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Thursday, January 5, 2017

Tall, dark, and mysterious -- and tough!

So last night at chess club was a little different for me.

I'm playing the normal guys, who are tough but not that tough. Kind of like me. I win more games than I lose there, though, and I'm currently rated in the mid-1500s, so that gives you an idea of the general strength of the club. That being said, I feel I'm quite underrated, as I haven't played a rated tourney game in many years. I feel I lean more toward 1800, give or take. Either way, class player, big nobody.

Anyhow, I'm playing games with them and in walks a new player to the club -- possibly Filipino and a little older than I am, I believe -- with an hour to go for the night. He is quiet, a bit mysterious, but cordial enough.

Charlie, one of our regulars, tells him: "You'll probably want to play Derek, as he's the only one who'll offer much of a challenge."

Okaaaay, I'm thinking, what the heck is this?

The guy sits down and I can tell by the way he moves the pieces, the way he physically moves them, I mean, that he knows what the hell he's doing. That's another thing people don’t talk about, frankly: the fact that a seasoned player actually handles the pieces differently almost every time. This particular cat has real long, skinny fingers and he'd pick a piece up with the very tips of them and then, kind of in an odd dance-move way, he'd sling them to the intended squares. That's the best way I can describe it.

And he was strong. I knew it immediately. He didn’t play like the other guys, not even close. This guy is a pressure cooker, the type player where each and every move means something, is a threat, and you have to watch closely or it's curtains quickly. He played fast, too, which told me he was playing most the opening from memory. I was, too, but I play a little slower than he was playing as a general rule, just in case I miss something.

Anyhow, he plays e4 and I shoot out Nf6 for an Alekhine. He pushes to e5 for the chase variation and the battle is going. I get into a little trouble, he gets into a little trouble, the position gets very, very dicey and unclear -- muddled, dare I say, like some of Alekhine's games. The position was so thick with threats it was bordering on ridiculous. It was as if a child were told to randomly put all the pieces on any squares he chose and then we came into it blind, just trying to figure it out.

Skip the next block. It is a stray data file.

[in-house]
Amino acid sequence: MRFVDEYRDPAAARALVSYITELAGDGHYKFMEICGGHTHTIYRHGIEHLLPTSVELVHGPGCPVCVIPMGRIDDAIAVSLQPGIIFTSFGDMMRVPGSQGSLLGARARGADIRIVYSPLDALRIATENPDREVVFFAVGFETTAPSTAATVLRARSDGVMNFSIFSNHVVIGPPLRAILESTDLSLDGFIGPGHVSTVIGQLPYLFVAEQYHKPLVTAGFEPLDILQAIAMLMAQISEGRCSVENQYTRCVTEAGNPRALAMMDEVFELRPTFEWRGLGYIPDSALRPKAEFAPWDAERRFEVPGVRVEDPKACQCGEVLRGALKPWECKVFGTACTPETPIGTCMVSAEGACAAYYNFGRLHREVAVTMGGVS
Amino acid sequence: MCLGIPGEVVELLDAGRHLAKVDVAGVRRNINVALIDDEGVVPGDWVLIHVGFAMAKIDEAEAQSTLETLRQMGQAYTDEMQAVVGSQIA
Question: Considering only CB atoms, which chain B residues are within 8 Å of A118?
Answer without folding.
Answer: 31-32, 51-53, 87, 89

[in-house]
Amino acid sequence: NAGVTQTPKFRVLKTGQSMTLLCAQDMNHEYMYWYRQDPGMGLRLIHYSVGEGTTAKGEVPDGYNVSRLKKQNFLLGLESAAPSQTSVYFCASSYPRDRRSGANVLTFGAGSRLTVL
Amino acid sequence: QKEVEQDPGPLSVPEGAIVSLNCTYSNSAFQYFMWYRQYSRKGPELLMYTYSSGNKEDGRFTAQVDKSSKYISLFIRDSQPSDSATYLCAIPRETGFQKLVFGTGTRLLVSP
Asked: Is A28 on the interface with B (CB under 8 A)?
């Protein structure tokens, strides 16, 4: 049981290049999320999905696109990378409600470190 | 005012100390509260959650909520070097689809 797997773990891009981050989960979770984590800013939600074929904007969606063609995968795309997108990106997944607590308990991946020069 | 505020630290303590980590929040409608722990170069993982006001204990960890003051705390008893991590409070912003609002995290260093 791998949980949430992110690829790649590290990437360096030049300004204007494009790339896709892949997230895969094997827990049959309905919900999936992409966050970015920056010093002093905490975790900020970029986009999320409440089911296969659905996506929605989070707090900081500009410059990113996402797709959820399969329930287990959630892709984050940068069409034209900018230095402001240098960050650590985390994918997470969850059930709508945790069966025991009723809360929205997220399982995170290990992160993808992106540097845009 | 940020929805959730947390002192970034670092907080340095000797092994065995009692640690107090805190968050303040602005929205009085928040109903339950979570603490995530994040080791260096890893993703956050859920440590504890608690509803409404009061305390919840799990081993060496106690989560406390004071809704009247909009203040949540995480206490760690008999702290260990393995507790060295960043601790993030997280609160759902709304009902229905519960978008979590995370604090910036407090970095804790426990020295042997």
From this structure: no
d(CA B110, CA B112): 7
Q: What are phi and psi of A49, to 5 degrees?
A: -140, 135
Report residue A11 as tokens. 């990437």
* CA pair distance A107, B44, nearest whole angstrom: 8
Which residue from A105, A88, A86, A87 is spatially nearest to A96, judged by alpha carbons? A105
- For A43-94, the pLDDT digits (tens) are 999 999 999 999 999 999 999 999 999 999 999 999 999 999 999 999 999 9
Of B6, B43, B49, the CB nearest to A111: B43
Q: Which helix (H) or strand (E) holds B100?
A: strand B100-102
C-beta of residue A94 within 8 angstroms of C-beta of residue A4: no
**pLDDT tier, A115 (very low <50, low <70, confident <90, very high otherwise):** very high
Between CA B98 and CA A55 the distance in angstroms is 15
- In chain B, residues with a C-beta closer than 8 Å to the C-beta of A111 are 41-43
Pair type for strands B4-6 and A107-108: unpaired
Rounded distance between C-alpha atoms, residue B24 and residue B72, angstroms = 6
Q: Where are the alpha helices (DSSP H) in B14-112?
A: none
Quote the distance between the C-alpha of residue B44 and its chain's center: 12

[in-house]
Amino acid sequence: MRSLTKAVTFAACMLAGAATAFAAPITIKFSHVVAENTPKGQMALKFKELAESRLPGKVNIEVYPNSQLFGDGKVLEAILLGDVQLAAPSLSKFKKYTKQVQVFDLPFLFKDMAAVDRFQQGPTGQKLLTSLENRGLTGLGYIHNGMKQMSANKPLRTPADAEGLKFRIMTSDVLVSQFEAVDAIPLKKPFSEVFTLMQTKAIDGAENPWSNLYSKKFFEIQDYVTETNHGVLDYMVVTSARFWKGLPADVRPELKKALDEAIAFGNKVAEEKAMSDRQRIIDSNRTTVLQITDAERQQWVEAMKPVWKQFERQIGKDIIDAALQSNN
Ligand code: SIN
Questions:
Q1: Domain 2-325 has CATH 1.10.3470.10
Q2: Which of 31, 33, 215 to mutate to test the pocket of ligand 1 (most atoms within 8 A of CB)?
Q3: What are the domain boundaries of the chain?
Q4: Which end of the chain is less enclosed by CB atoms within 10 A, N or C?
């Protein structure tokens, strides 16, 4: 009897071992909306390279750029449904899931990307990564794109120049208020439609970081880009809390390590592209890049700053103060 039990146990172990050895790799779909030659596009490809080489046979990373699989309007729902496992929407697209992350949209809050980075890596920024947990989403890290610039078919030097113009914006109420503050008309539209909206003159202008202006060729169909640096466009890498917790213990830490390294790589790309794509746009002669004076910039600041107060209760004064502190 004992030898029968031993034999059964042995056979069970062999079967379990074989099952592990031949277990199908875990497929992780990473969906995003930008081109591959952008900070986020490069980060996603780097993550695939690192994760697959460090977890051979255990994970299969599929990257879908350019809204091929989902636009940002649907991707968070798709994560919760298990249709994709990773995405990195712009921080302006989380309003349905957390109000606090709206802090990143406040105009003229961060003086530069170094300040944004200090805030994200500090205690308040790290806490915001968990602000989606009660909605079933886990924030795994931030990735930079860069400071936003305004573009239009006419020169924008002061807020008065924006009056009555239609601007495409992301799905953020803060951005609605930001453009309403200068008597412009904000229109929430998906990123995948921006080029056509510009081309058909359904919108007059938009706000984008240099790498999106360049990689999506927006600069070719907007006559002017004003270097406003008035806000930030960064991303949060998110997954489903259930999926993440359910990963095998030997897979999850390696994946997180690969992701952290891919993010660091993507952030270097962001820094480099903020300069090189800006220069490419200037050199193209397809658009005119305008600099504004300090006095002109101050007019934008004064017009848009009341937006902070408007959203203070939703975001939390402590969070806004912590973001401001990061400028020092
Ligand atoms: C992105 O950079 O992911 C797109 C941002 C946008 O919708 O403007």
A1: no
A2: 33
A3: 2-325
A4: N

Well, long story short, he sacrifices a knight that I cannot take. But I give him absolute hell for trying in the first place by batting his queen around for several moves, all the while slowly, slowly wiggling into a better position, myself. It took maybe seven or ten moves but finally, finally, I was able to wriggle my way into a place where I could take the blamed knight. It was still dangerous as hell, but I could tell it was reasonably safe. For the moment.

At this point, my heart is going a mile a minute, this guy is moving very slowly now and talking to himself while he thinks, the whole place is leaning over our game, and some are muttering that they don’t even understand what's going on because there are literally so many threats from each side it was tough to make any assessment. Which is, of course, how we both felt as players, too.

After I snapped that knight off and got my own knight into the game (which he'd corralled on the darned a-file for 15 or 20 moves), I ended up with a checkmate threat from two directions, no way to defend. He kept checking me with his queen, just kind of hoping I'd blunder into a mate, myself, as he had plenty of opportunity should I misstep, but in the end I held my own and retained my piece.

The freaking coffee shop blinked the lights to tell us they were closing so, a half-hour and about ten moves later, we quickly agreed to a draw and the look on his face told him he was glad for it -- I know I was. I told him it was like the knife coming out of my back and laughed: Painful, yes, but full of relief, as well. Even though it was an agreed draw, I can't help but think that I won the game. Still, the position was really strange and opportunities were everywhere, so who knows.

And, as is par for the course, the game was really important to me and I'd like nothing more than to study it more, but I hadn't written it down. Even though I had my pad with me. Yeah, I'm that guy.

So my opponent goes to the bathroom real quick and Charlie leans in and tells me he's "very, very impressed."

Puzzled, I asked him why.

"He's a 2170 and plans to become master this summer. Nobody here can get that far with him, and especially not with an Alekhine defense."

My eyes went wide and I was on top of the world. By then it was after 10:00 at night and so I had to race home and get to bed, but we yapped a little bit about today's players vs. yesteryear's, about right and wrong ways to learn and improve, about Fischer and Alekhine -- it was chessgasmic!

I had inadvertently gained the respect of a candidate master and then had a wonderful conversation with him and Charlie. If there's a better night at chess club, I sure haven’t seen it.